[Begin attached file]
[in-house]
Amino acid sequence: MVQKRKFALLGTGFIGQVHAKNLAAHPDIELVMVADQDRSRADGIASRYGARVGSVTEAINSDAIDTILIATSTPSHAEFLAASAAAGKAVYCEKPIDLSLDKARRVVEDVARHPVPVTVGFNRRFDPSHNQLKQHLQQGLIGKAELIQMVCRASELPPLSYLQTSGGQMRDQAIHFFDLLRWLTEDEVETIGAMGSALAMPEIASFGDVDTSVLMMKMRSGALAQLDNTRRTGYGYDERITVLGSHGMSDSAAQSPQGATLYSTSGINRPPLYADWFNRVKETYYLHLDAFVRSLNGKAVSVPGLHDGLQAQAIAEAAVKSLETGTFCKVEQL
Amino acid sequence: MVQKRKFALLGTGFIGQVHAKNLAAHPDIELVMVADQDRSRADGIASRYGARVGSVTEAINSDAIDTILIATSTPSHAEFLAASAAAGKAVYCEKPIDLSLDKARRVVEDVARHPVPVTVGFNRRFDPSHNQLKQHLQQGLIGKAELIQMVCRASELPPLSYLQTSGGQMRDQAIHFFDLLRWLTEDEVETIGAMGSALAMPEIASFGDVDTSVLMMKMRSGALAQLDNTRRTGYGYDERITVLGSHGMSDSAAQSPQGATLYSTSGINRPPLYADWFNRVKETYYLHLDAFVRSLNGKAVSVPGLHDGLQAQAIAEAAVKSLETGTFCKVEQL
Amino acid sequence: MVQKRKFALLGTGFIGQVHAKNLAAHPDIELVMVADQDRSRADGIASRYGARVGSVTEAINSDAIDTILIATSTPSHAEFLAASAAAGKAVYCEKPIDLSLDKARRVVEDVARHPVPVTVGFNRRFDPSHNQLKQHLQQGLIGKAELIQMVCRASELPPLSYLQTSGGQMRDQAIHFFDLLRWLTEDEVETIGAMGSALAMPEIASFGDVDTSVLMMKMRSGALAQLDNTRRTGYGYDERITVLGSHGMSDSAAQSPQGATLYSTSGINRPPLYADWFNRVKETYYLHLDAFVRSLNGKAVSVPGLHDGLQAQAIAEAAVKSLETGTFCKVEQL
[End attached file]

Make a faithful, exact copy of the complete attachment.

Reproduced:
[in-house]
Amino acid sequence: MVQKRKFALLGTGFIGQVHAKNLAAHPDIELVMVADQDRSRADGIASRYGARVGSVTEAINSDAIDTILIATSTPSHAEFLAASAAAGKAVYCEKPIDLSLDKARRVVEDVARHPVPVTVGFNRRFDPSHNQLKQHLQQGLIGKAELIQMVCRASELPPLSYLQTSGGQMRDQAIHFFDLLRWLTEDEVETIGAMGSALAMPEIASFGDVDTSVLMMKMRSGALAQLDNTRRTGYGYDERITVLGSHGMSDSAAQSPQGATLYSTSGINRPPLYADWFNRVKETYYLHLDAFVRSLNGKAVSVPGLHDGLQAQAIAEAAVKSLETGTFCKVEQL
Amino acid sequence: MVQKRKFALLGTGFIGQVHAKNLAAHPDIELVMVADQDRSRADGIASRYGARVGSVTEAINSDAIDTILIATSTPSHAEFLAASAAAGKAVYCEKPIDLSLDKARRVVEDVARHPVPVTVGFNRRFDPSHNQLKQHLQQGLIGKAELIQMVCRASELPPLSYLQTSGGQMRDQAIHFFDLLRWLTEDEVETIGAMGSALAMPEIASFGDVDTSVLMMKMRSGALAQLDNTRRTGYGYDERITVLGSHGMSDSAAQSPQGATLYSTSGINRPPLYADWFNRVKETYYLHLDAFVRSLNGKAVSVPGLHDGLQAQAIAEAAVKSLETGTFCKVEQL
Amino acid sequence: MVQKRKFALLGTGFIGQVHAKNLAAHPDIELVMVADQDRSRADGIASRYGARVGSVTEAINSDAIDTILIATSTPSHAEFLAASAAAGKAVYCEKPIDLSLDKARRVVEDVARHPVPVTVGFNRRFDPSHNQLKQHLQQGLIGKAELIQMVCRASELPPLSYLQTSGGQMRDQAIHFFDLLRWLTEDEVETIGAMGSALAMPEIASFGDVDTSVLMMKMRSGALAQLDNTRRTGYGYDERITVLGSHGMSDSAAQSPQGATLYSTSGINRPPLYADWFNRVKETYYLHLDAFVRSLNGKAVSVPGLHDGLQAQAIAEAAVKSLETGTFCKVEQL